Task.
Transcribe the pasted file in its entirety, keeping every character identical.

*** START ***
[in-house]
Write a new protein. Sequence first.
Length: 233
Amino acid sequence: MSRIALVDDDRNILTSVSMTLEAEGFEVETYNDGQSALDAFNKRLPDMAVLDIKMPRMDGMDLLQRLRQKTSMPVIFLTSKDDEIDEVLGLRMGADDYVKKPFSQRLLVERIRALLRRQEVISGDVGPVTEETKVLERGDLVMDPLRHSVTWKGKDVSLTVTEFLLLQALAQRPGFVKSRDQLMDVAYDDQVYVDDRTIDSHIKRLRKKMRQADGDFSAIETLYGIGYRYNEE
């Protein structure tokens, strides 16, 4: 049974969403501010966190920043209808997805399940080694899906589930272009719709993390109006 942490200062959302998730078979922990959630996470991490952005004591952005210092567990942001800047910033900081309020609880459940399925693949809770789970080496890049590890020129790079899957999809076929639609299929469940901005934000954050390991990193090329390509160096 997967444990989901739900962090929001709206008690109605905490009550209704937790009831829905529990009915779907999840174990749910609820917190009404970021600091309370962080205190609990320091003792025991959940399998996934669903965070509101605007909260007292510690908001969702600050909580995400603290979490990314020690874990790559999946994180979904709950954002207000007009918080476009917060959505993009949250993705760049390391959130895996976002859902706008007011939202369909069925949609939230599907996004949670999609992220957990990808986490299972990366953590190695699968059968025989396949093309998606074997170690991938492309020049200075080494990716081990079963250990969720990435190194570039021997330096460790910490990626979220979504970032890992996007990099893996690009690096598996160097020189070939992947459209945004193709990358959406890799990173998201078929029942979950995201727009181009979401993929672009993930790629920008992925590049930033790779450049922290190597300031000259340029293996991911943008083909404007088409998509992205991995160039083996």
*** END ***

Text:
[in-house]
Write a new protein. Sequence first.
Length: 233
Amino acid sequence: MSRIALVDDDRNILTSVSMTLEAEGFEVETYNDGQSALDAFNKRLPDMAVLDIKMPRMDGMDLLQRLRQKTSMPVIFLTSKDDEIDEVLGLRMGADDYVKKPFSQRLLVERIRALLRRQEVISGDVGPVTEETKVLERGDLVMDPLRHSVTWKGKDVSLTVTEFLLLQALAQRPGFVKSRDQLMDVAYDDQVYVDDRTIDSHIKRLRKKMRQADGDFSAIETLYGIGYRYNEE
């Protein structure tokens, strides 16, 4: 049974969403501010966190920043209808997805399940080694899906589930272009719709993390109006 942490200062959302998730078979922990959630996470991490952005004591952005210092567990942001800047910033900081309020609880459940399925693949809770789970080496890049590890020129790079899957999809076929639609299929469940901005934000954050390991990193090329390509160096 997967444990989901739900962090929001709206008690109605905490009550209704937790009831829905529990009915779907999840174990749910609820917190009404970021600091309370962080205190609990320091003792025991959940399998996934669903965070509101605007909260007292510690908001969702600050909580995400603290979490990314020690874990790559999946994180979904709950954002207000007009918080476009917060959505993009949250993705760049390391959130895996976002859902706008007011939202369909069925949609939230599907996004949670999609992220957990990808986490299972990366953590190695699968059968025989396949093309998606074997170690991938492309020049200075080494990716081990079963250990969720990435190194570039021997330096460790910490990626979220979504970032890992996007990099893996690009690096598996160097020189070939992947459209945004193709990358959406890799990173998201078929029942979950995201727009181009979401993929672009993930790629920008992925590049930033790779450049922290190597300031000259340029293996991911943008083909404007088409998509992205991995160039083996």